After a major renovation of both house and garden, a Palladian mansion and surrounding estate in County Durham is on the market for £6 million

SIXTEEN years ago, Londoner Paul Townley and his wife Gaynor were looking to buy a large house in the North of England, when an agent insisted they should take a look at Thorpe Hall, a grade II* listed house in Wycliffe, near Barnard Castle, County Durham. And despite the fact they hadn’t been looking for such a substantial renovation project, they were smitten.

“Frankly, it was love at first sight – the minute the house came into view, we knew it was for us,” says Gaynor. “We spent a lot of time and money creating our perfect home, but it has been a labour of love.”

“We are proud of every corner of our home. Our interior designer, Mark Gillette, did a fabulous job,” adds Paul, a former High Sheriff of County Durham “The house comes alive when it’s full of friends, and we love having people to stay, so I suppose the entertaining rooms give us particular pleasure.”

The interiors have been completely remodelled by the Townleys. The inner hall has been transformed into an impressive reception room with a lantern light, neoclassical Adam-esque plasterwork, a delicate wrought-iron balustrade and a fireplace framed in marble with a carved mantel, while the principal rooms were returned to their original purpose, namely the drawing room, dining room and library. In addition, there is a smaller family dining room and pretty sitting room, with exceptional original features including fine Georgian cornicing and panelling.

The 18th Century kitchen has been brought back to its original role, but with a keen eye on modern family life, with a large dining table to one side. The work was mainly carried out by local craftsmen – decorative plasterwork by Steads of Bradford, joinery by Houghtons of York and wrought ironwork by artist blacksmith Brian Russell, of Little Newsham Forge.

Rooms had changed shape and been divided over the years, so partitions were taken down to restore the original classical proportions.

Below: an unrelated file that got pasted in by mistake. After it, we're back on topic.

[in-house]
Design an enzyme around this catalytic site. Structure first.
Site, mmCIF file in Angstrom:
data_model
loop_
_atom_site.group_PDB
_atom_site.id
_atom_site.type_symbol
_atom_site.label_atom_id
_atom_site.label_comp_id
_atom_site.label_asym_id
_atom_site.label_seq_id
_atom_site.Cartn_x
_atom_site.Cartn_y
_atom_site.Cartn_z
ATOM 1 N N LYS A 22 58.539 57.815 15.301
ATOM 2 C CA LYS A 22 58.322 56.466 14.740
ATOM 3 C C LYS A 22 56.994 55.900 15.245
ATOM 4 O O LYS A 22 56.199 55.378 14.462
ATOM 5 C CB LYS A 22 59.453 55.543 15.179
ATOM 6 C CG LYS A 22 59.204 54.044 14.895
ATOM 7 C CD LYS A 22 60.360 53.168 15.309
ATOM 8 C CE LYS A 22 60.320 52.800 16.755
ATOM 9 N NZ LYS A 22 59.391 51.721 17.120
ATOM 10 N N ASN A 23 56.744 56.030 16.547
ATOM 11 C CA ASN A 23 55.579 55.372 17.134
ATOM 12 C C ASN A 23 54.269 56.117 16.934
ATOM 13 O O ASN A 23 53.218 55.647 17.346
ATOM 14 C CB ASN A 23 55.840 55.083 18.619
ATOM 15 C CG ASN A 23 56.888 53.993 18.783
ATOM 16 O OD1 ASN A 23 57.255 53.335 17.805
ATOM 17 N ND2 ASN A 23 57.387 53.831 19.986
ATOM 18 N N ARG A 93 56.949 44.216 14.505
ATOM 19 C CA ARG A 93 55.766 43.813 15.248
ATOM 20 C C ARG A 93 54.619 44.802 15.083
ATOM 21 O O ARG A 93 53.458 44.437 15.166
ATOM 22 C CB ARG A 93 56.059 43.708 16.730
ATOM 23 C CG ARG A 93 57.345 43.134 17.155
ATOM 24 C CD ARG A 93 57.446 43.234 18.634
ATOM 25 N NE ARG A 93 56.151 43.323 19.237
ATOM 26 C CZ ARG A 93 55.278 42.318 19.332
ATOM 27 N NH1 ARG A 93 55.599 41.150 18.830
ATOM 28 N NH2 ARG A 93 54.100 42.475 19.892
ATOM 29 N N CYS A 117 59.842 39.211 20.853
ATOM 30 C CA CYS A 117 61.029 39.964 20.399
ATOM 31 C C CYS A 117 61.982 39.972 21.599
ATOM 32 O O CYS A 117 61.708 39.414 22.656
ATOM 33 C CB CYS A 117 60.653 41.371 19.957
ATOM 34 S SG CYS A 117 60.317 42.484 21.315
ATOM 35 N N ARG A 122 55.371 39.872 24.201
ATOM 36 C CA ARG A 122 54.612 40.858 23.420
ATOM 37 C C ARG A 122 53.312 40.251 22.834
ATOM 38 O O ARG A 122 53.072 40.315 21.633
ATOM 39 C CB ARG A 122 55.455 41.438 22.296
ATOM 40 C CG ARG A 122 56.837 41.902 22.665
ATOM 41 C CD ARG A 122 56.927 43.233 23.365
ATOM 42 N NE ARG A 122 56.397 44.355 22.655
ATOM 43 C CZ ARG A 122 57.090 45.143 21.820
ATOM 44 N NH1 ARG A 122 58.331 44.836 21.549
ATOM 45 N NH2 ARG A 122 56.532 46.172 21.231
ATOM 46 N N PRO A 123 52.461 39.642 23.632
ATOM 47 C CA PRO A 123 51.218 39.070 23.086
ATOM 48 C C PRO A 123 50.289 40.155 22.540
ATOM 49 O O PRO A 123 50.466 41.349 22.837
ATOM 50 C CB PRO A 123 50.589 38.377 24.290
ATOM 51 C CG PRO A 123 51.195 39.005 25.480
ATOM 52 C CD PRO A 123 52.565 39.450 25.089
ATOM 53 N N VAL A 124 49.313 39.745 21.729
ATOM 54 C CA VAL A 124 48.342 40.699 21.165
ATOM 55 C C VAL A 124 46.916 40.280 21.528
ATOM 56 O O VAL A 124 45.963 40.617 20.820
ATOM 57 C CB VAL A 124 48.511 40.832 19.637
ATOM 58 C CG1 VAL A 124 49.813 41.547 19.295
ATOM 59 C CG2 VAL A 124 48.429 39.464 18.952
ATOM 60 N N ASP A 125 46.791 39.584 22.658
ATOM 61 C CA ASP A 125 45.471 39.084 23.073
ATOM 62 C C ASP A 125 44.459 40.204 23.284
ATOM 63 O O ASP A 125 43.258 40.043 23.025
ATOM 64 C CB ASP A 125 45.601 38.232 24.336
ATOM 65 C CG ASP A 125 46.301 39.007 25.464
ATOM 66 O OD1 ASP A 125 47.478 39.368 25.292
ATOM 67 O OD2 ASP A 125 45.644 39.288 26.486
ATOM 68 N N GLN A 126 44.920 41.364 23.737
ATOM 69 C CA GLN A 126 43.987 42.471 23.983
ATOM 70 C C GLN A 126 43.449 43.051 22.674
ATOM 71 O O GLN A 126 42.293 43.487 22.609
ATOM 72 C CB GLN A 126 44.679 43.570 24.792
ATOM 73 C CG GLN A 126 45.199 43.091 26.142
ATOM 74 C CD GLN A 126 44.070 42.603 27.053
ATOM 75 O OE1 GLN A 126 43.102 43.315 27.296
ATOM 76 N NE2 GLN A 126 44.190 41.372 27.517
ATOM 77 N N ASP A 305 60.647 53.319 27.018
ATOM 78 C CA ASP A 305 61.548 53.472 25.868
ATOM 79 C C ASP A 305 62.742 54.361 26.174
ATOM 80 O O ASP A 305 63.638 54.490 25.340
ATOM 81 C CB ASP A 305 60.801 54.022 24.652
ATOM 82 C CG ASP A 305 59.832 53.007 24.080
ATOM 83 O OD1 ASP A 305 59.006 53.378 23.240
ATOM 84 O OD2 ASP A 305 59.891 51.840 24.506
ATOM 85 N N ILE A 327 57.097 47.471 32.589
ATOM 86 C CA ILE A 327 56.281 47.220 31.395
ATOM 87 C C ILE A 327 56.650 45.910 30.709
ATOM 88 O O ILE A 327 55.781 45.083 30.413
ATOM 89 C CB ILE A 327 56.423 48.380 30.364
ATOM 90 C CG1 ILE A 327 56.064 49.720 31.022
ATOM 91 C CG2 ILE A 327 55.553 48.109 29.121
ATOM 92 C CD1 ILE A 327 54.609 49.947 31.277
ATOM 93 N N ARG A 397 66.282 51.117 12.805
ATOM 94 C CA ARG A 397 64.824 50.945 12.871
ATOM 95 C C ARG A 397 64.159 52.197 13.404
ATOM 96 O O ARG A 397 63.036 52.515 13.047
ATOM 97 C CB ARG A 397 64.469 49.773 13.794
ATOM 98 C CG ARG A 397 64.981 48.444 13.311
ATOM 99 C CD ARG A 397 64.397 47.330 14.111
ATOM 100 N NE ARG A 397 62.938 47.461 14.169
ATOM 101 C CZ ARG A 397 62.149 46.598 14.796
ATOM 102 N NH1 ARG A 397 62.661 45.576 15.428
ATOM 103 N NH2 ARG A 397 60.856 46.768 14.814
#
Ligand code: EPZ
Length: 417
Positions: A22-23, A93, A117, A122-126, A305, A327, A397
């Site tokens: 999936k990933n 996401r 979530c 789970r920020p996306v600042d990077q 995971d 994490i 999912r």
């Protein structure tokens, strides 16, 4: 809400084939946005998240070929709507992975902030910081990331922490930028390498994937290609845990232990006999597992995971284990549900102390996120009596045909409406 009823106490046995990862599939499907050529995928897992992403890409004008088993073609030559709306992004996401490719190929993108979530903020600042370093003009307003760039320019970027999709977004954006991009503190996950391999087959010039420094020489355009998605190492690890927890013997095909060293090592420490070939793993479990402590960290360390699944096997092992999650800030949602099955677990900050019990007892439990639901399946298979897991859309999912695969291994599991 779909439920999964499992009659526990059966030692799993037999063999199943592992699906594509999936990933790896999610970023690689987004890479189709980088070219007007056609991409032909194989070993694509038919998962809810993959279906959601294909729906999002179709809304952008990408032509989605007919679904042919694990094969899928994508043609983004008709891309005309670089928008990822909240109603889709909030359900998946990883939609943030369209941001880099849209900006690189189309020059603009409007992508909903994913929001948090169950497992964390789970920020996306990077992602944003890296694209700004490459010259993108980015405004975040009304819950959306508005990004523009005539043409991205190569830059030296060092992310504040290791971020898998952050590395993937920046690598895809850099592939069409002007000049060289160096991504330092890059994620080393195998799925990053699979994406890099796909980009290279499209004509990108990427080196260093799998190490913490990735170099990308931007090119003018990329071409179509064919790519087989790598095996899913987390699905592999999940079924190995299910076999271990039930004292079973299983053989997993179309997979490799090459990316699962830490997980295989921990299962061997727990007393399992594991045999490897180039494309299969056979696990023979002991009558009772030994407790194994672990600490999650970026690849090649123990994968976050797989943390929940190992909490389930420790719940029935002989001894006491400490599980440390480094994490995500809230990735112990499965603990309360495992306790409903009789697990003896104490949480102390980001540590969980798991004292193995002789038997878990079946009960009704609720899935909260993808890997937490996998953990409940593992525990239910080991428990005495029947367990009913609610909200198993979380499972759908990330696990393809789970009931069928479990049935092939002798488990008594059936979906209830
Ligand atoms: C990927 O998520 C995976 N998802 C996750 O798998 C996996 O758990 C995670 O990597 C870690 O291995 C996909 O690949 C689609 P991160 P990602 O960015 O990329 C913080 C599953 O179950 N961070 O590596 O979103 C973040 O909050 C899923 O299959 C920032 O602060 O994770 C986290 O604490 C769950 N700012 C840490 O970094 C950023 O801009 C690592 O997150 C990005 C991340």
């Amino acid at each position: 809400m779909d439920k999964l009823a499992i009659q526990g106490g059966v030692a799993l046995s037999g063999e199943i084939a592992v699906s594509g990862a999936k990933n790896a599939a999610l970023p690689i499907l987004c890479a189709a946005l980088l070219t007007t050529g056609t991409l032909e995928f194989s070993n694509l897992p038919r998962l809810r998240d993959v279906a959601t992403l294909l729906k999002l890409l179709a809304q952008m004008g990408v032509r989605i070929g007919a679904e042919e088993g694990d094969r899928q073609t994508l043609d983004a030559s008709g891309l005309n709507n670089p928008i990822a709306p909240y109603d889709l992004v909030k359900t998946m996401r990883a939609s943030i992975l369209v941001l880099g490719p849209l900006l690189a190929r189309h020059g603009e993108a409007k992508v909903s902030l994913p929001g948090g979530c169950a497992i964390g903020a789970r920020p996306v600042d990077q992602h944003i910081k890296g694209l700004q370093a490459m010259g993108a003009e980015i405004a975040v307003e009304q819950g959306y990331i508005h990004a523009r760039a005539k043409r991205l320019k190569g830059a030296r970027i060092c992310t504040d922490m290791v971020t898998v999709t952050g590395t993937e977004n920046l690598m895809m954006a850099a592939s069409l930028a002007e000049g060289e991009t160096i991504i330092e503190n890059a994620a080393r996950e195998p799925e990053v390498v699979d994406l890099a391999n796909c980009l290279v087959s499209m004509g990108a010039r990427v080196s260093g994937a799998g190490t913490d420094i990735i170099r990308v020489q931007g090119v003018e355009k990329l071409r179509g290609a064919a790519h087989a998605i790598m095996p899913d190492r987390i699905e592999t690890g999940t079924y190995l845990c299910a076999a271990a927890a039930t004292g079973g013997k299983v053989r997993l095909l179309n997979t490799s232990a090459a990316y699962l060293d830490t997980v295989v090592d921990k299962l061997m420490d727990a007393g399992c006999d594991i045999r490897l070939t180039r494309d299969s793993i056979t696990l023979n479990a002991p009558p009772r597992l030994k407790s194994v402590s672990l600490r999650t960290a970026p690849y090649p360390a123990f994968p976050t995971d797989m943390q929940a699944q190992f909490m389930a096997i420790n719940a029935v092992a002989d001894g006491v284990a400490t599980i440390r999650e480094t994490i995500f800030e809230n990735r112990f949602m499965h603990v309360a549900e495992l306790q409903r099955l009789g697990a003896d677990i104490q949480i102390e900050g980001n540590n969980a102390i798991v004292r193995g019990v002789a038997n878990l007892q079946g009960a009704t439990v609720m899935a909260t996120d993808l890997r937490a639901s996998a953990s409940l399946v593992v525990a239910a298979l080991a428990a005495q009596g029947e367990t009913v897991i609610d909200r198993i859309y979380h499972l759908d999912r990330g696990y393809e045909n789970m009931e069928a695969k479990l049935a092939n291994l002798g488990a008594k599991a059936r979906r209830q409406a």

The bedrooms are all individually decorated, the impressive master suite overlooking the gardens onto traditional farmland. There is a dressing room that leads to the en-suite bathroom and a gentleman’s dressing room beautifully fitted with mahogany cupboards and shelves.

“Thorpe Hall has to be one of the finest country homes in the North of England,” says Ben Pridden, head of residential sales at Savills York. “Restored and beautifully decorated under the direct supervision of the current owners, with the assistance of their interior designer, the result is a comfortable, modern and sophisticated country house where 21st Century craftsmanship is a match for the original 18th Century work.”

The hall is surrounded by park and arable land, with grounds that extend to 85 acres and dates from the 13th Century, when a peel tower was built by the Wycliffe family; its Georgian front, an example of Palladian architecture, was added in 1740.

The beautiful gardens have been laid out by the world-renowned designer Arne Maynard, who has created a series of “rooms” to give interest throughout the year. Terracing around the house has created excellent spaces for summer entertaining and the kitchen garden offers an abundance of produce throughout the year.

“Thorpe works beautifully for those keen on entertaining, and offers endless fun for family life,” says Gaynor. “In addition to the house, there are several cottages that would make a very good holiday letting business, and there is an office to manage it from. Those keen on country life are spoilt with all the local opportunities. There is even a steam engine for children to ride on by the river.”

There is planning permission for ten eco lodges on the old Whorlton Lido field and to convert the existing “former engine shed” to a residential holiday let. And as befits an estate of this standard, there are numerous outbuildings, cottages and garaging, plus two properties, Corner Cottage and Greystones Cottage, set a little distance away from the main house.

Now that the Townleys have given Thorpe Hall a new lease of life – and won accolades from both the Historic Houses Association and The Georgian Group in the process – they have decided to put the estate on the market.

“We have loved living in Thorpe, but it is time to move on,” says Paul. “We spend a lot of time travelling and think it’s time to simplify our lives. There will be no negative feeling when we go. We will be proud to pass it on to the next generation of custodians.”

  • Thorpe Hall is on the market with Savills at a guide price of £6m.